No Need for Panic
It would be encouraging to see global power become decentralized and shift more in the favor of developing countries, even if that would only go part of the way toward creating a truly just planet. It would be a grim success if BRICS and the world it’s trying to build simply replace exploitation of the Global South by big business in the West with its exploitation by big business in Russia and China.
And if a truly multipolar world really does become a reality, the jury is still out on whether or not BRICS — with its loose-to-nonexistent structure, its various members’ divisions and internal crises, and the thin common thread binding them all together — will even be the vehicle that delivers it. But a multipolar world is not necessarily a China-dominated one, nor is it something to be automatically feared. It could even be a better one, providing a more effective check on unilateral use of power, increasing the sway of the vast majority of the world’s population in global affairs, and holding incentives for better behavior by great powers.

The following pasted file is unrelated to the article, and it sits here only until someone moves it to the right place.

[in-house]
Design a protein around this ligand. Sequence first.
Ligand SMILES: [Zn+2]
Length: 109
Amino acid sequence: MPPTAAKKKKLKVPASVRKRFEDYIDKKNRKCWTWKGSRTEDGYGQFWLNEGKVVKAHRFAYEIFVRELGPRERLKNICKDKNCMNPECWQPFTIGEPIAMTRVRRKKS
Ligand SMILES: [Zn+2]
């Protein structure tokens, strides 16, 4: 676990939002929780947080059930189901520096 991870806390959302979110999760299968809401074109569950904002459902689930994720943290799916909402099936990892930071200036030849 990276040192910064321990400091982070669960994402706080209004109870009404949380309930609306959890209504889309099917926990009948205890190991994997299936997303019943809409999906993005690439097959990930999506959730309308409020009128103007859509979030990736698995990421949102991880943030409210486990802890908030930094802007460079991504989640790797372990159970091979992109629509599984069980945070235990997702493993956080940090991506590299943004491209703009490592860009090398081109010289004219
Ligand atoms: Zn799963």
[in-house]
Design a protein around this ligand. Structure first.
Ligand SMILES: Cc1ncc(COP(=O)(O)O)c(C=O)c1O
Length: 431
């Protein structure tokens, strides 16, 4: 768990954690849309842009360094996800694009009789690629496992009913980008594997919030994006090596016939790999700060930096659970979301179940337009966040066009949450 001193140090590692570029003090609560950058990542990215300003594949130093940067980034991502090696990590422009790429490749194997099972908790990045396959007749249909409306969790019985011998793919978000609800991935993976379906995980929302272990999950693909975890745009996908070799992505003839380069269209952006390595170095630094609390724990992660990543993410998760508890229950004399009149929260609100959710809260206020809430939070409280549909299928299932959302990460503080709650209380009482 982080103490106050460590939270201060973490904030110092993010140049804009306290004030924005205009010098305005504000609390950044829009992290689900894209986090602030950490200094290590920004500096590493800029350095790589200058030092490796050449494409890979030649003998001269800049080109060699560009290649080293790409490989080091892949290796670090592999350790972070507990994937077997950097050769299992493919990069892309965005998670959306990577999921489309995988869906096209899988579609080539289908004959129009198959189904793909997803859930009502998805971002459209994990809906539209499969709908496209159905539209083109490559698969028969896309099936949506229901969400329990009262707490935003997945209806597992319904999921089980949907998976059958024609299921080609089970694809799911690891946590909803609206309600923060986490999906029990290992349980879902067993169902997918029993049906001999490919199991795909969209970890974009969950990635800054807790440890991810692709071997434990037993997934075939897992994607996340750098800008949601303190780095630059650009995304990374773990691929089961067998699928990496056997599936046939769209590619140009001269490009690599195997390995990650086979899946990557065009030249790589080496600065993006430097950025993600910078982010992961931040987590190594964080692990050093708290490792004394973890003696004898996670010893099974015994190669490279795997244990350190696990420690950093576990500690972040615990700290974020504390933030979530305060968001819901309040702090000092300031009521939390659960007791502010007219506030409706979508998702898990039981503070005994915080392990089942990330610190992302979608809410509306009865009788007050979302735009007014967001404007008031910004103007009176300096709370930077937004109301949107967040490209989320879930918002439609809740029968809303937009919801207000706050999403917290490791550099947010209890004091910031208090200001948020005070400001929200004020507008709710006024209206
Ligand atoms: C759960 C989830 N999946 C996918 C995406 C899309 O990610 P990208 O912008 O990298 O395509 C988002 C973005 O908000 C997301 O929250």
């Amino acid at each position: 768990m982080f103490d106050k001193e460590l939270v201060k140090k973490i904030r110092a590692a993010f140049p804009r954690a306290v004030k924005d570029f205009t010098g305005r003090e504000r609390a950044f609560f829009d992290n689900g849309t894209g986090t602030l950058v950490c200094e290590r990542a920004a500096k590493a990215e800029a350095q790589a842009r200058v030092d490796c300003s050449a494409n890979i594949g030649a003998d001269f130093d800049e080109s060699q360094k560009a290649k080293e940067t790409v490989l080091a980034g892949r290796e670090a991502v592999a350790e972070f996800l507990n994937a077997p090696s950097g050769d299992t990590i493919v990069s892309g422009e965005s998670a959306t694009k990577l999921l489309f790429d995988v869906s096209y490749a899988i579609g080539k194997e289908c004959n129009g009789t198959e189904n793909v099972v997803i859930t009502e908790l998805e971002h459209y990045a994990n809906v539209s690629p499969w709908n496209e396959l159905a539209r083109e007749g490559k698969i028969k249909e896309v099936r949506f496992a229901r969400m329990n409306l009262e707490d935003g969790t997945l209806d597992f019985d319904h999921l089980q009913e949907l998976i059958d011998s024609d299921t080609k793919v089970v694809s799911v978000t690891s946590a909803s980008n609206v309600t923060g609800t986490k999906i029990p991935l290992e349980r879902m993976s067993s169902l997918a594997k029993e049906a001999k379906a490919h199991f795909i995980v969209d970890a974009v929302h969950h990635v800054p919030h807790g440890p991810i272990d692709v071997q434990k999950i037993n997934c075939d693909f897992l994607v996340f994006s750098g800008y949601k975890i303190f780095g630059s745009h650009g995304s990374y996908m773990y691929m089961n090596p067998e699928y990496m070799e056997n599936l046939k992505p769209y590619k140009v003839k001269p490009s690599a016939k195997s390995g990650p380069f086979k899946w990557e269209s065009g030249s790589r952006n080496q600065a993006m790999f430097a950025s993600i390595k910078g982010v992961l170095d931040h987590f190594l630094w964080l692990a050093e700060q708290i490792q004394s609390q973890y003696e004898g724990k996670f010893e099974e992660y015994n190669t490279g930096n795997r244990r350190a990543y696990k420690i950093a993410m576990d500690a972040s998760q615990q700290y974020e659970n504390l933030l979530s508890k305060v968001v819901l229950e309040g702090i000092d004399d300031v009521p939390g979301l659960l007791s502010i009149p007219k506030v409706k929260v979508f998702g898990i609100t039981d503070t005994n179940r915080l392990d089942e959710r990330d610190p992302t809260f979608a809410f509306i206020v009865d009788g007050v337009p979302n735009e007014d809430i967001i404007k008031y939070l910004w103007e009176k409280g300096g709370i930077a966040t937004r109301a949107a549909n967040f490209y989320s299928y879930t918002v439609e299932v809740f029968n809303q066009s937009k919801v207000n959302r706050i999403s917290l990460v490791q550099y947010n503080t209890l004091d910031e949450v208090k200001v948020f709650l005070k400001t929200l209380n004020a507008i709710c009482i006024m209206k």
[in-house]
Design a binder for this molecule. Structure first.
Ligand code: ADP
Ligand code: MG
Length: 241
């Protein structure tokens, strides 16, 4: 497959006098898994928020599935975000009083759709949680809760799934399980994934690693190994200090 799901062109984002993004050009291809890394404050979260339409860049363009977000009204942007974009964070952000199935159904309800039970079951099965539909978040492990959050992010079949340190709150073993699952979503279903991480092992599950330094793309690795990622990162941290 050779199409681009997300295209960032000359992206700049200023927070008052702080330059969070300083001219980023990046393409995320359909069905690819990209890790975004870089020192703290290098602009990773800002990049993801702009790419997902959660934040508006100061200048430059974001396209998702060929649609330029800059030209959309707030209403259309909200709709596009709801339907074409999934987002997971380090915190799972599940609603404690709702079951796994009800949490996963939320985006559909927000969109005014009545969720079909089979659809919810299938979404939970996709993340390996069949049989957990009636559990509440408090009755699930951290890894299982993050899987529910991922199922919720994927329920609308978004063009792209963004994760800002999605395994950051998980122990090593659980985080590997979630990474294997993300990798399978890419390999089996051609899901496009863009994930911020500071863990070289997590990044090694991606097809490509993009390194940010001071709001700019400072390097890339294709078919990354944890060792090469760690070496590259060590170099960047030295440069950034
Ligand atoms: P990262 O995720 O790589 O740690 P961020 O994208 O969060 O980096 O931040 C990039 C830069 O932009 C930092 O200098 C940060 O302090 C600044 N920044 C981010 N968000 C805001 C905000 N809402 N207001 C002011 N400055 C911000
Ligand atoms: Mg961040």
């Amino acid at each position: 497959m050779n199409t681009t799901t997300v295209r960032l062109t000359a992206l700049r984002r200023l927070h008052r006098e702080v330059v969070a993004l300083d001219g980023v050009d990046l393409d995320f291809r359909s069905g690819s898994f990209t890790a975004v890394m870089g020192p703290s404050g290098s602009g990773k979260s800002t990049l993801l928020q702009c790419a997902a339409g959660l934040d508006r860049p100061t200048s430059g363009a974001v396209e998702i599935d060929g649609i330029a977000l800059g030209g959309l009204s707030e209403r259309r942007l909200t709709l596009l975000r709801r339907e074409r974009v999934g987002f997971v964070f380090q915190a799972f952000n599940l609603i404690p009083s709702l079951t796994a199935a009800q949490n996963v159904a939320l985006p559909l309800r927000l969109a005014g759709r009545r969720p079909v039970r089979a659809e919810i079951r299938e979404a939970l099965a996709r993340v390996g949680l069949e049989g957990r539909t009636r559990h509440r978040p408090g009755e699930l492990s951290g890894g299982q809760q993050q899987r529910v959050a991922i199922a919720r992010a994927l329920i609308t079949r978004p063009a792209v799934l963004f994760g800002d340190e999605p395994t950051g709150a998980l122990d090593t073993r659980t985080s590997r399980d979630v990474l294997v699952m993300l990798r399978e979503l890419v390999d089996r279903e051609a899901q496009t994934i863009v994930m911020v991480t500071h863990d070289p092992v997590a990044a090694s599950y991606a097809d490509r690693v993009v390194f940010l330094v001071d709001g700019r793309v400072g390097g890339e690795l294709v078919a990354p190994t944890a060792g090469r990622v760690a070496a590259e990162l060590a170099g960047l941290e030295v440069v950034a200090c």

That includes the United States, which could be finally freed from the costs and burdens of endless adventurism abroad and its elite’s single-minded obsession with staying the world’s top dog, and could instead rechannel its resources and energy into fixing the myriad domestic crises that ordinary Americans have been living through for years. As luck would have it, this would also be the surest way for the United States to safeguard its own continued stability, economic progress, and world leadership status, and so ensure that it could actually act as a counterweight to rival competitors in any multipolar world order when that time comes.
But that won’t come through endless efforts at military and economic dominance, which have so far only turned most of the world against the current international order, helped inflame foreign nationalisms, and partly fueled the United States’ own internal instability. It can only serve as that counterweight if it sees the kind of left-wing organizing needed to transform the US political economy away from the one that exists now, siphoning out the country’s collective wealth to place into a few powerful hands to widespread popular anger, and into one that works for the shared prosperity of all of its people. The choice is as much America’s as it is those states it considers foes.